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Is this asset class doomed?

You don’t have to go far these days to read about the rapid rise of passive investing and the massive outflows from actively managed funds, and the lower fees across the industry these index funds are causing. While this is undoubtedly good news for retail investors, what does it mean for some of London’s largest public fund managers such as Schroders (LSE: SDR) and Jupiter (LSE: JUP)?

While no asset manager is completely free from the relentless rise of index funds, Schroders is better protected than many of its peers. That’s because the company has a well-diversified mix of clients, including institutional (pension funds, sovereign wealth funds, endowments), intermediary (independent financial advisers, banks) and high net worth individuals.

Nine months to September 2016

 

Assets under management (£bn)

Net flows (£bn)

Institutional

221.9

5.4

Intermediary

117.5

(2.2)

Wealth management

35.6

(0.5)

However, as this table shows, the intermediary category, whose end users are largely retail investors, has seen net outflows as investors spooked by turbulent markets and/or high fees pulled money from the company’s actively managed funds. A further worry is that Schroders’ overall net operating revenue margin decreased from 57 basis points in 2011 to 51 basis points in 2015. This was due both to downward pressure on fees and an increasing reliance on institutional clients, who due to their size can negotiate lower fees than retail investors.

How has this affected Schroders’ bottom line? Pre-tax profits did fall from £438.9m to £436.2m year-on-year in the first nine months of 2016, but this could have been much worse if the company hadn’t increased its fee base by drawing in significant institutional funds.

However, the fees asset managers charge clients are unlikely to halt their downward spiral any time soon, so if Schroders is going to thrive in the coming decades it will need to continue diversifying its asset base and moving into new markets such as the US at faster clip than fees fall.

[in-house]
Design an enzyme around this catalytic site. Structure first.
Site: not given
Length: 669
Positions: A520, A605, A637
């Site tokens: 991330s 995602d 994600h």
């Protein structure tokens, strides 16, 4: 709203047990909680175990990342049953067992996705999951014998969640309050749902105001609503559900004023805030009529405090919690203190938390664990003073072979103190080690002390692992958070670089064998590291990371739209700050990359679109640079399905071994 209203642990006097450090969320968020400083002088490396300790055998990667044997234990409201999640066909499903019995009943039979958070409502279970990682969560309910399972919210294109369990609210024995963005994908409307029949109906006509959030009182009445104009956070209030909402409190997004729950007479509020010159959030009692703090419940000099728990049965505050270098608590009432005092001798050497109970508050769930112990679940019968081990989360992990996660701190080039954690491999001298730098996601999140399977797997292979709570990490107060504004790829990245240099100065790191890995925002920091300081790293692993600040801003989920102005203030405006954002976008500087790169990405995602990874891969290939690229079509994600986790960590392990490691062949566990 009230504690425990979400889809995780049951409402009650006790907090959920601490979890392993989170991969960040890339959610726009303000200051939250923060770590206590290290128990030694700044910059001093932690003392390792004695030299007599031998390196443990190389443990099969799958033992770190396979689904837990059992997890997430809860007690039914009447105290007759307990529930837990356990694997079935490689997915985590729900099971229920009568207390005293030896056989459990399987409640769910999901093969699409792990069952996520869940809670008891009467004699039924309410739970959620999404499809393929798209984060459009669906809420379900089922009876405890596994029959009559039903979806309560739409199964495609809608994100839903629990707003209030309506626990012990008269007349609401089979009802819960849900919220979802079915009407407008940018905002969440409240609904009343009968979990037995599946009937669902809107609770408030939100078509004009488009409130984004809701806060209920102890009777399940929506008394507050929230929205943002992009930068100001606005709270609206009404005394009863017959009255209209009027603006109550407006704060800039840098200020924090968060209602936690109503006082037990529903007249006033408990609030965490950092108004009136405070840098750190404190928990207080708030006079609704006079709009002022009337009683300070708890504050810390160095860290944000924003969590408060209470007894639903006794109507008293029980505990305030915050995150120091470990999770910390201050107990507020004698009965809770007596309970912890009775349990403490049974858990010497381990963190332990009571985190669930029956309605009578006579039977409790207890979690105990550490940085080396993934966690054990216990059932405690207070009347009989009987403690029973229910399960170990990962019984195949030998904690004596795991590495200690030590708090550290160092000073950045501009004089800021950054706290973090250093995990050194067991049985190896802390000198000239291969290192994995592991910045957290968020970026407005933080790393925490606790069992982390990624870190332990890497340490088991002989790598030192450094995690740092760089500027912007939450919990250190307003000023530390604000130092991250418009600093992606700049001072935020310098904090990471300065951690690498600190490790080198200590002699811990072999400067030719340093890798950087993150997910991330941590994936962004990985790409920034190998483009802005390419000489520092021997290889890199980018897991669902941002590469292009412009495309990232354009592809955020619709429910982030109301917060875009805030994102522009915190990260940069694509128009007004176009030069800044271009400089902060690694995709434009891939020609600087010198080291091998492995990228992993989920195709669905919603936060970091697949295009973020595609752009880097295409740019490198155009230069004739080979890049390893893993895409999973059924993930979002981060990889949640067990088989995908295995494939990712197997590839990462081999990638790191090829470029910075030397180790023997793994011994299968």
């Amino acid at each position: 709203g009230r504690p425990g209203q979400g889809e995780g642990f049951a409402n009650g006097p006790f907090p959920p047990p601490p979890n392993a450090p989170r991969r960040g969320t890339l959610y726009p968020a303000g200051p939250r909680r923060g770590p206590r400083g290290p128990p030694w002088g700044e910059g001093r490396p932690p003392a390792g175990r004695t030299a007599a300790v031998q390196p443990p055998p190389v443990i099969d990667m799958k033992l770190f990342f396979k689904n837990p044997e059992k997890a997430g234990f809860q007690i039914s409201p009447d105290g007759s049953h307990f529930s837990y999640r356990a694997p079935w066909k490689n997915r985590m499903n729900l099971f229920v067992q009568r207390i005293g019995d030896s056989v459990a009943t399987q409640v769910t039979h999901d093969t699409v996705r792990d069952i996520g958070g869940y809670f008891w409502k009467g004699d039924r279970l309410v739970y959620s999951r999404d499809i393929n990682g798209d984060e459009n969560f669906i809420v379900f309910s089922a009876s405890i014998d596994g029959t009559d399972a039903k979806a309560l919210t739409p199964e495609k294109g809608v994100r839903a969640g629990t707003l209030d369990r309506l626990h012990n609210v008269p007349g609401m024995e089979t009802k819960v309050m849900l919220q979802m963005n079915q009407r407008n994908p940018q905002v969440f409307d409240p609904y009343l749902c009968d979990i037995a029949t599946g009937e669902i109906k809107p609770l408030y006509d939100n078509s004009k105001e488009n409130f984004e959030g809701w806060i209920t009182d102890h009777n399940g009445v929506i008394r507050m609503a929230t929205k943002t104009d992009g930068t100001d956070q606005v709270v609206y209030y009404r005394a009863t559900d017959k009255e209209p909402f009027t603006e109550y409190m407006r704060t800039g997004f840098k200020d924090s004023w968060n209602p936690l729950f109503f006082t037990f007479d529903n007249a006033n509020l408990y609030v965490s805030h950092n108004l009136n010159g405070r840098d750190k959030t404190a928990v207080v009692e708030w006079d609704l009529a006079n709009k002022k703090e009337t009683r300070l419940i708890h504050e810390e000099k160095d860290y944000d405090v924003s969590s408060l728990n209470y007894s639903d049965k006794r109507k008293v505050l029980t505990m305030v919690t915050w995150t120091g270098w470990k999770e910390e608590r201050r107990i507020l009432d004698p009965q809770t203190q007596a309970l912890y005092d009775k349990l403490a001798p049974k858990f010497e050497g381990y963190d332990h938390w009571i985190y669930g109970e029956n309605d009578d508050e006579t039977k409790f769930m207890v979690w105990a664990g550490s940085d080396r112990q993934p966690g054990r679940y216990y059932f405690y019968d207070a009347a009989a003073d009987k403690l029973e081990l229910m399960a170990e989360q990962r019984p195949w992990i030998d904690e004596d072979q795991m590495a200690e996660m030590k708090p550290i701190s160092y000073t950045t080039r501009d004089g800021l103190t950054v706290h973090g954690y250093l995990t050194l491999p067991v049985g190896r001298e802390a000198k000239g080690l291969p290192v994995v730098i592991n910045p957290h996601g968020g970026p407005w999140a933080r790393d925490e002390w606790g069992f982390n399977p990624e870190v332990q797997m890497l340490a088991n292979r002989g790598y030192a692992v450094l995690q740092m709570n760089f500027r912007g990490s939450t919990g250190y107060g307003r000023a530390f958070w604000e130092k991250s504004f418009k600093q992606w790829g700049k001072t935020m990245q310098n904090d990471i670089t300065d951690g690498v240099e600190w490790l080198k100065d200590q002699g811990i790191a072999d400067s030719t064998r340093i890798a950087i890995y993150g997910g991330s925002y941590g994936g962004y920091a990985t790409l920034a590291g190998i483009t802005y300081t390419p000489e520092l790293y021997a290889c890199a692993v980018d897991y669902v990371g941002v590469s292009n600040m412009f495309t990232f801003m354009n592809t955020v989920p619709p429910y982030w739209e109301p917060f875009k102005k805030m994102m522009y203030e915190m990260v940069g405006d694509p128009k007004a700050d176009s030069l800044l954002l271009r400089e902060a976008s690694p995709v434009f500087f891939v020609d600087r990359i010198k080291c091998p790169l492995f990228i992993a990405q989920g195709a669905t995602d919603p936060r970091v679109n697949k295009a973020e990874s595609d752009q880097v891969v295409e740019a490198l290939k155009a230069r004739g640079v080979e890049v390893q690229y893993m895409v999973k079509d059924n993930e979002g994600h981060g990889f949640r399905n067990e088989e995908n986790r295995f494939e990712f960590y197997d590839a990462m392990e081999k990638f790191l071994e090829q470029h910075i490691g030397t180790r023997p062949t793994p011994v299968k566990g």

Unfortunately Schroder’s smaller competitor Jupiter doesn’t break out AuM by client type, but it doesn’t hide the fact that small investors remain its bread and butter clients. Yet, as we see in the chart below, Jupiter has so far escaped the problems Schroders has with these investors pulling their money from funds.

Annual results through December 31

 

Assets under management (£bn)

Net flows (£bn)

Mutual funds (retail & institutional)

35.2

.86

Segregated mandates (institutional)

4.2

.22

Investment trusts

1.1

(.02)

This dependence on retail investors is something of a double-edged sword for Jupiter. On one hand they offer quite high margins, with overall net management fees averaging 87.6 basis points in the first half of 2016. This figure will reduce in the coming years as Jupiter shifts towards lower fee products such as bond funds and targets more institutional clients, but it’s still quite impressive.

On the other hand, there’s always the risk that Jupiter’s expensive funds will one day lose their lustre for retail investors. This has already happened to many other fund managers, particularly in the US, and if it happens to Jupiter, expect fees to come down in a bid to retain customers. Well run and profitable asset managers such as Jupiter and Schroders aren’t likely to go the way of the dodo soon, but that doesn’t mean passive investing and lower fees won’t take their toll eventually. 

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Ian Pierce has no position in any shares mentioned. The Motley Fool UK has no position in any of the shares mentioned. We Fools don't all hold the same opinions, but we all believe that considering a diverse range of insights makes us better investors.